Newswise — More affordable, appropriate and sustainable housing could be built if architects would seek to reduce governmental red tape, says an architecture professor organizing a national summit on affordable housing at the University of Illinois at Chicago, Sept. 22-24.
Roberta Feldman, director of UIC's City Design Center, says Architecture for Change will reach beyond other conferences because architects and developers will do more than present their successful designs: They will tell how they got the designs built.
"This is a how-to summit," Feldman said. "Many government policies and conventional development practices impede affordable design. Architects need to organize and get involved, not wait for commissions. There's a movement among young architects to address this and other social issues that have been marginal in architecture for 20 years."
At least 19 designers and activists will join panel discussions on why change is necessary, why design matters, how to make design affordable, strategies for change, and alternative activist practices.
Among the speakers are:
-David Baker of David Baker + Partners Architects in San Francisco, whose Paseo Senter in San Jose earned the 2010 AIA/HUD Secretary's Housing Community by Design Award for Excellence in Affordable Housing
-Bryan Bell of Design Corps, co-author of the SEED Evaluator, an online tool to guide, assess and certify design projects' positive social, economic and environmental impacts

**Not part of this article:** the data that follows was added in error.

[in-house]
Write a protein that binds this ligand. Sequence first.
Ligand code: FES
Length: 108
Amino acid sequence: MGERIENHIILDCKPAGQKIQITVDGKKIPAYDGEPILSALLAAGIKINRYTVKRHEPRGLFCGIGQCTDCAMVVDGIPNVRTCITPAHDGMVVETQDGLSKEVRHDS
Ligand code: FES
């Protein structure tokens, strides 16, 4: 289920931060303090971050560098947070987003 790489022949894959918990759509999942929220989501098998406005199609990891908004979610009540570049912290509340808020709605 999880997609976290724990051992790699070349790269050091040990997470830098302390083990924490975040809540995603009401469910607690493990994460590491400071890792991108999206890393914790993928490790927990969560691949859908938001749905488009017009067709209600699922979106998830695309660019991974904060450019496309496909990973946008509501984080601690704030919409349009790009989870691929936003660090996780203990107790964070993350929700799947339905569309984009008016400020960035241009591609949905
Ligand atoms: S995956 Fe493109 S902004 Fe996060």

-Maurice Cox, director of design for the National Endowment for the Arts, whom Fast Company magazine named one of "20 Masters of Design" in 2004 for merging architecture, politics and design education
-Teddy Cruz of Estudio Cruz, known for his urban research on the Tijuana-San Diego border and his designs recently seen in "Small Scale, Big Change" at the Metropolitan Museum of Art
-Sergio Palleroni of Portland State University's Center for Sustainable Practices and Processes, whose activism at the University of Texas resulted in the Alley Flat Initiative for affordable housing in Austin
-Michael Pyatok of Pyatok Architects, Inc., in Oakland, Calif., designer of affordable and mixed-income, mixed-use housing for families, seniors and students
The conference will feature "Fenced In/Fenced Out," an interactive exhibit from the Museum of Contemporary Phenomena, an art and architecture collective. The exhibit presents the affordable housing movement from its grass roots, rather than from a policy-maker's perspective, to illustrate how people adapt the built environment to their needs.
Optional tours will be led by Chicago architects through the remodeled Archer Courts in Chinatown; green and multi-generational housing in Roseland and North Lawndale; and the adaptive reuse of the Howard Street Theater in Rogers Park.
Architecture for Change will take place Sept. 22, 5:30 – 8 p.m.; and Sept. 23-24, 7:30 a.m. – 6 p.m., at the UIC Theatre, 1040 W. Harrison St. Registration is $25 to $75.
For information, please visit http://architectureforchange.aa.uic.edu/